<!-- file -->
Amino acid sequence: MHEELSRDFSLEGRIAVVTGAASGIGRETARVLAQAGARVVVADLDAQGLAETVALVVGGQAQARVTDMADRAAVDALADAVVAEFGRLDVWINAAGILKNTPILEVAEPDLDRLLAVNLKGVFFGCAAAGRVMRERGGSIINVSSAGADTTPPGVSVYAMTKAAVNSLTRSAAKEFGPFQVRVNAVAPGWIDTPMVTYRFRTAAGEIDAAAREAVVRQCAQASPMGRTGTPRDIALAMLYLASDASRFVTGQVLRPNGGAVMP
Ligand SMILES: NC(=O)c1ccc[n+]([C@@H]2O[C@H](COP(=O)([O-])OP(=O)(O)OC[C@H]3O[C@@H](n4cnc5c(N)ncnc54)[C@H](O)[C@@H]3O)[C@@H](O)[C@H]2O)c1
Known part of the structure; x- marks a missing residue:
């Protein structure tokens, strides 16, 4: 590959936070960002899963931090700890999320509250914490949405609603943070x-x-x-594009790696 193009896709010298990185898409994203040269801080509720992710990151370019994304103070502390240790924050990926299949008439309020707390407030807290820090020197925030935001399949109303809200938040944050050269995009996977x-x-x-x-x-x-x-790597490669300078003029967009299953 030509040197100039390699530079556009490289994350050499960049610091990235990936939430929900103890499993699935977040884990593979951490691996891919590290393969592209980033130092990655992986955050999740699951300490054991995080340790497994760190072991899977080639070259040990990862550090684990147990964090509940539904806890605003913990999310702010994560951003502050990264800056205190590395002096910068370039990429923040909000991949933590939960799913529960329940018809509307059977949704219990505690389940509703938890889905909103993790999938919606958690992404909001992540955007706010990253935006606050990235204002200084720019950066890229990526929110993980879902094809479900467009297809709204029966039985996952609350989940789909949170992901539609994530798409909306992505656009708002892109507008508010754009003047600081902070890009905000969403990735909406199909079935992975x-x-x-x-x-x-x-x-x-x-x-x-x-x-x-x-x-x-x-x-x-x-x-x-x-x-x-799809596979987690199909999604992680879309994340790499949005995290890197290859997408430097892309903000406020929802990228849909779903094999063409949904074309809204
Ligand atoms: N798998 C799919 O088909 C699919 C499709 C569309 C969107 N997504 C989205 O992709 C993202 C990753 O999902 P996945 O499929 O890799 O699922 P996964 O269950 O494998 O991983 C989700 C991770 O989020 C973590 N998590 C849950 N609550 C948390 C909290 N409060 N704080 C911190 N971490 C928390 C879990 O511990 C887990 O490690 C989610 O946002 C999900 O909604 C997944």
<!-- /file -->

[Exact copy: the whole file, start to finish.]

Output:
Amino acid sequence: MHEELSRDFSLEGRIAVVTGAASGIGRETARVLAQAGARVVVADLDAQGLAETVALVVGGQAQARVTDMADRAAVDALADAVVAEFGRLDVWINAAGILKNTPILEVAEPDLDRLLAVNLKGVFFGCAAAGRVMRERGGSIINVSSAGADTTPPGVSVYAMTKAAVNSLTRSAAKEFGPFQVRVNAVAPGWIDTPMVTYRFRTAAGEIDAAAREAVVRQCAQASPMGRTGTPRDIALAMLYLASDASRFVTGQVLRPNGGAVMP
Ligand SMILES: NC(=O)c1ccc[n+]([C@@H]2O[C@H](COP(=O)([O-])OP(=O)(O)OC[C@H]3O[C@@H](n4cnc5c(N)ncnc54)[C@H](O)[C@@H]3O)[C@@H](O)[C@H]2O)c1
Known part of the structure; x- marks a missing residue:
């Protein structure tokens, strides 16, 4: 590959936070960002899963931090700890999320509250914490949405609603943070x-x-x-594009790696 193009896709010298990185898409994203040269801080509720992710990151370019994304103070502390240790924050990926299949008439309020707390407030807290820090020197925030935001399949109303809200938040944050050269995009996977x-x-x-x-x-x-x-790597490669300078003029967009299953 030509040197100039390699530079556009490289994350050499960049610091990235990936939430929900103890499993699935977040884990593979951490691996891919590290393969592209980033130092990655992986955050999740699951300490054991995080340790497994760190072991899977080639070259040990990862550090684990147990964090509940539904806890605003913990999310702010994560951003502050990264800056205190590395002096910068370039990429923040909000991949933590939960799913529960329940018809509307059977949704219990505690389940509703938890889905909103993790999938919606958690992404909001992540955007706010990253935006606050990235204002200084720019950066890229990526929110993980879902094809479900467009297809709204029966039985996952609350989940789909949170992901539609994530798409909306992505656009708002892109507008508010754009003047600081902070890009905000969403990735909406199909079935992975x-x-x-x-x-x-x-x-x-x-x-x-x-x-x-x-x-x-x-x-x-x-x-x-x-x-x-799809596979987690199909999604992680879309994340790499949005995290890197290859997408430097892309903000406020929802990228849909779903094999063409949904074309809204
Ligand atoms: N798998 C799919 O088909 C699919 C499709 C569309 C969107 N997504 C989205 O992709 C993202 C990753 O999902 P996945 O499929 O890799 O699922 P996964 O269950 O494998 O991983 C989700 C991770 O989020 C973590 N998590 C849950 N609550 C948390 C909290 N409060 N704080 C911190 N971490 C928390 C879990 O511990 C887990 O490690 C989610 O946002 C999900 O909604 C997944």